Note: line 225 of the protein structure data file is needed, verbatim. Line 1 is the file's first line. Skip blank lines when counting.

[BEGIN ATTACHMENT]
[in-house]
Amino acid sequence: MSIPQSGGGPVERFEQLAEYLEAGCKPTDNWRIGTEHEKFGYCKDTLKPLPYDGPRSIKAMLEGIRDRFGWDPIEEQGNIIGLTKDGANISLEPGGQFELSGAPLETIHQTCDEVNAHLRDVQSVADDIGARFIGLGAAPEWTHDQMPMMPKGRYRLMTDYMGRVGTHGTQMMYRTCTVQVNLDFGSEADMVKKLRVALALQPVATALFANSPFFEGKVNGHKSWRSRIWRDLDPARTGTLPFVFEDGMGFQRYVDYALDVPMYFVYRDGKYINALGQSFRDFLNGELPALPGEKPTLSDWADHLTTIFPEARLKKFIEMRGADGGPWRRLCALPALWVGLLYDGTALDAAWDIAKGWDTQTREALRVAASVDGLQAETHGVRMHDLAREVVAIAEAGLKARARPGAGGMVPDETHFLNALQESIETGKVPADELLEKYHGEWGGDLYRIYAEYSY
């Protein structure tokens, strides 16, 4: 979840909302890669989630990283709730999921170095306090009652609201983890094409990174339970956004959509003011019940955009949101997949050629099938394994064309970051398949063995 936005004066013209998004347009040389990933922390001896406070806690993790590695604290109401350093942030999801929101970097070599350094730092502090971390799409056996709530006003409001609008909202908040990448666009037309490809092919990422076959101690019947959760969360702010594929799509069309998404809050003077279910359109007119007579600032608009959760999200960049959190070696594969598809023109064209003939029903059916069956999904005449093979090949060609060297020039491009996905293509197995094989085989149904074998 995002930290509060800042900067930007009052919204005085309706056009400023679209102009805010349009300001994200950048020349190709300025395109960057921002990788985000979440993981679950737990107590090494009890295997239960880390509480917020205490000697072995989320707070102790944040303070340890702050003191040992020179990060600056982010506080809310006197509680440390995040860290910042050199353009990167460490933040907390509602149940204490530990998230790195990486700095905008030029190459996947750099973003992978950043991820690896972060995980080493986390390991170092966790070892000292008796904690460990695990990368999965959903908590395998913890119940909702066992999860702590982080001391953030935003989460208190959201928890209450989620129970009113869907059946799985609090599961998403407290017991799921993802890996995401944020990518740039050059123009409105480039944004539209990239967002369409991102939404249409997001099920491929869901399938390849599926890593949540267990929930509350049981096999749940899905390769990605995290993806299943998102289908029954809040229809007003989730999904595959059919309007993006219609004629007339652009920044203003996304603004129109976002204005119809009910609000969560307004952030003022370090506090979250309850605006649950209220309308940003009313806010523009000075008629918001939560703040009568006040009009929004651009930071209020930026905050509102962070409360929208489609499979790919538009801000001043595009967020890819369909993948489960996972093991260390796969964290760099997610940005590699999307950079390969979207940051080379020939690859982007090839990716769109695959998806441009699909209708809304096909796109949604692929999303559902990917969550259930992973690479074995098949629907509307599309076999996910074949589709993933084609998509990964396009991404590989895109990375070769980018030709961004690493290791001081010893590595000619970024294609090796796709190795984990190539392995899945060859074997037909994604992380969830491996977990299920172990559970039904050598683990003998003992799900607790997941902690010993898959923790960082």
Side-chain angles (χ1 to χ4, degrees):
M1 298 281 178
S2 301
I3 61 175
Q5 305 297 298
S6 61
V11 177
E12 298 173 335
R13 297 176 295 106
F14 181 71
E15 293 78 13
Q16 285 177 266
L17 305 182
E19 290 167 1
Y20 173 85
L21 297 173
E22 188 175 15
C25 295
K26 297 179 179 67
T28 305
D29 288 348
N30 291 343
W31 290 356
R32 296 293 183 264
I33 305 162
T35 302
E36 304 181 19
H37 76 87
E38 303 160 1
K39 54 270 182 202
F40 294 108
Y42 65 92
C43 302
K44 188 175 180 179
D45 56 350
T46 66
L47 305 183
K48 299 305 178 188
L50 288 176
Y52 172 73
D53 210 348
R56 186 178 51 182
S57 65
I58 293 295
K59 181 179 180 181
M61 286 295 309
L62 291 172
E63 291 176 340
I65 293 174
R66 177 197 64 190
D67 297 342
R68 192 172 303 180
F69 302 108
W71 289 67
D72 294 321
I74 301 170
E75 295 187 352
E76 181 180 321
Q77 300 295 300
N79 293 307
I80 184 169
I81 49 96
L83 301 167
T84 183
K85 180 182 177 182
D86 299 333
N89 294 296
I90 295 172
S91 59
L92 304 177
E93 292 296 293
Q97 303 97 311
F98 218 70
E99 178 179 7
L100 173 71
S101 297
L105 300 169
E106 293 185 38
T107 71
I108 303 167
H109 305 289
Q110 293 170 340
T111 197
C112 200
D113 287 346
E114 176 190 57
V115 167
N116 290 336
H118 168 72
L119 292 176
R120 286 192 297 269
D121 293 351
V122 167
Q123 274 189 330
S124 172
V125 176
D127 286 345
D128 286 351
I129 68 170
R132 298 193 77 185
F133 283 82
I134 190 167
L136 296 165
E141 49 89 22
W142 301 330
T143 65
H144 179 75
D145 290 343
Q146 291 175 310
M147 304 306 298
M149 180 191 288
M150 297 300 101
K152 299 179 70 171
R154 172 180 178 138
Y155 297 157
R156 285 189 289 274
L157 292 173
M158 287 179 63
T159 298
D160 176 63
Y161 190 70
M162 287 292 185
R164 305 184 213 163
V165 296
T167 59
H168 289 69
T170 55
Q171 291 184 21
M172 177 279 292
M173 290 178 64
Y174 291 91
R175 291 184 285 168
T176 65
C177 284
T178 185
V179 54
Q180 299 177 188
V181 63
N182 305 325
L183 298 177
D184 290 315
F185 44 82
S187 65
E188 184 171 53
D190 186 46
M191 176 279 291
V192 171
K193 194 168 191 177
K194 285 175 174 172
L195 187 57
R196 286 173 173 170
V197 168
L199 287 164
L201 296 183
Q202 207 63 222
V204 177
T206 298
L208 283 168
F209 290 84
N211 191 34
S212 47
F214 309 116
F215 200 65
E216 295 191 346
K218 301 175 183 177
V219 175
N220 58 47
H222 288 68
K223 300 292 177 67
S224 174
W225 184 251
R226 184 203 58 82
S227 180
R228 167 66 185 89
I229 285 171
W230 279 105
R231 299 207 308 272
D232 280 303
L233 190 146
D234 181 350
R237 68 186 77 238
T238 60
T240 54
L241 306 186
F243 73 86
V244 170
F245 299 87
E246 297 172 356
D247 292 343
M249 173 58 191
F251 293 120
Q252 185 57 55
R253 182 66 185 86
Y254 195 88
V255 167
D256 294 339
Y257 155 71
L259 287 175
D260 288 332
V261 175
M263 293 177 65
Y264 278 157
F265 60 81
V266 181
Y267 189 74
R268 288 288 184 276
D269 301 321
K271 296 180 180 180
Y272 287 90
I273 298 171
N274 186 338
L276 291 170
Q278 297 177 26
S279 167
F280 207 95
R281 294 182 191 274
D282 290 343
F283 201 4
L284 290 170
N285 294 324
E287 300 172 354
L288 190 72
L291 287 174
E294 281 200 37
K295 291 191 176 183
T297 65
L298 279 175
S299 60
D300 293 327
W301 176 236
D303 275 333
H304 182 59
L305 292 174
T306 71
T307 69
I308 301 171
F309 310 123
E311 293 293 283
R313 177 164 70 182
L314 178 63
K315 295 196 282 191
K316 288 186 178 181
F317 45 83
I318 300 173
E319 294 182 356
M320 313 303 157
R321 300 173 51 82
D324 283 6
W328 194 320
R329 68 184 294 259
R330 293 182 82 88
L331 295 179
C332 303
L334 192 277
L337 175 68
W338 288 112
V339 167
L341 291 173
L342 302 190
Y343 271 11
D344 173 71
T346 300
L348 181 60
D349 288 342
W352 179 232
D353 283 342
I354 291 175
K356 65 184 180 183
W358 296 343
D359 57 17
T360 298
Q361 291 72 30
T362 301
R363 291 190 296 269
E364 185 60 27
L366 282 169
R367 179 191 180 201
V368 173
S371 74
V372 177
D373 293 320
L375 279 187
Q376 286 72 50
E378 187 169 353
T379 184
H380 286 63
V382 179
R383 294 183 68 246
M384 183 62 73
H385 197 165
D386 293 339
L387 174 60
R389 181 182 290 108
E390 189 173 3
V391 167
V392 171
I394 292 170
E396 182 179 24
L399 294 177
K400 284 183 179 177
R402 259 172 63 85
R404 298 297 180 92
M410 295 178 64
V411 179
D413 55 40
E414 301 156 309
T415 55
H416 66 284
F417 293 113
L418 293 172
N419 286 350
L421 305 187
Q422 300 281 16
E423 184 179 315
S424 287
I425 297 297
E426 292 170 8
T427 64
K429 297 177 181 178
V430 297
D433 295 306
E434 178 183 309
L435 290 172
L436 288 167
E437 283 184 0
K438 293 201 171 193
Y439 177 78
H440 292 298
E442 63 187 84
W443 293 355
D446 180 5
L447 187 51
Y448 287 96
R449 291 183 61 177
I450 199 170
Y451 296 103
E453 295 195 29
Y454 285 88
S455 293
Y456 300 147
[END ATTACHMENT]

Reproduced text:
L288 190 72